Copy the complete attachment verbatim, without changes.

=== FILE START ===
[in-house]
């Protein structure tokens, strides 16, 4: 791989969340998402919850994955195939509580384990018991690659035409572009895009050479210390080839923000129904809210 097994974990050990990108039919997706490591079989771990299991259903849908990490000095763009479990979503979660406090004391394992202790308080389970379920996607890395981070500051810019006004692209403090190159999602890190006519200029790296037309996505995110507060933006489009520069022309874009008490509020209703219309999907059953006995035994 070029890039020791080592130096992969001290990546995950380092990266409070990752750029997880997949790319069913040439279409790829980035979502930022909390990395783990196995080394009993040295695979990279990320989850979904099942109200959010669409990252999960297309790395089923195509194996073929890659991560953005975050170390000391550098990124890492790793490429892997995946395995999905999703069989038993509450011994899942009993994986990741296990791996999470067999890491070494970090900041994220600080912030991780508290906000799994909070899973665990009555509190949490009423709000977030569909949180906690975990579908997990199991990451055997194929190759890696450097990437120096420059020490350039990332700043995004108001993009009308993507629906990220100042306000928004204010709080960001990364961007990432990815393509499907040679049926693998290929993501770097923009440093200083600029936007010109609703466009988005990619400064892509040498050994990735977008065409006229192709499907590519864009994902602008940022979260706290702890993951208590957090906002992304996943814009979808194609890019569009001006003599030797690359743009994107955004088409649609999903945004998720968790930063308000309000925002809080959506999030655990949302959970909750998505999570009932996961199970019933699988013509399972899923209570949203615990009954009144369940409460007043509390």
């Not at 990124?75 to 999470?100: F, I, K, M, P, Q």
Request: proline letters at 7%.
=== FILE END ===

[in-house]
């Protein structure tokens, strides 16, 4: 791989969340998402919850994955195939509580384990018991690659035409572009895009050479210390080839923000129904809210 097994974990050990990108039919997706490591079989771990299991259903849908990490000095763009479990979503979660406090004391394992202790308080389970379920996607890395981070500051810019006004692209403090190159999602890190006519200029790296037309996505995110507060933006489009520069022309874009008490509020209703219309999907059953006995035994 070029890039020791080592130096992969001290990546995950380092990266409070990752750029997880997949790319069913040439279409790829980035979502930022909390990395783990196995080394009993040295695979990279990320989850979904099942109200959010669409990252999960297309790395089923195509194996073929890659991560953005975050170390000391550098990124890492790793490429892997995946395995999905999703069989038993509450011994899942009993994986990741296990791996999470067999890491070494970090900041994220600080912030991780508290906000799994909070899973665990009555509190949490009423709000977030569909949180906690975990579908997990199991990451055997194929190759890696450097990437120096420059020490350039990332700043995004108001993009009308993507629906990220100042306000928004204010709080960001990364961007990432990815393509499907040679049926693998290929993501770097923009440093200083600029936007010109609703466009988005990619400064892509040498050994990735977008065409006229192709499907590519864009994902602008940022979260706290702890993951208590957090906002992304996943814009979808194609890019569009001006003599030797690359743009994107955004088409649609999903945004998720968790930063308000309000925002809080959506999030655990949302959970909750998505999570009932996961199970019933699988013509399972899923209570949203615990009954009144369940409460007043509390």
């Not at 990124?75 to 999470?100: F, I, K, M, P, Q």
Request: proline letters at 7%.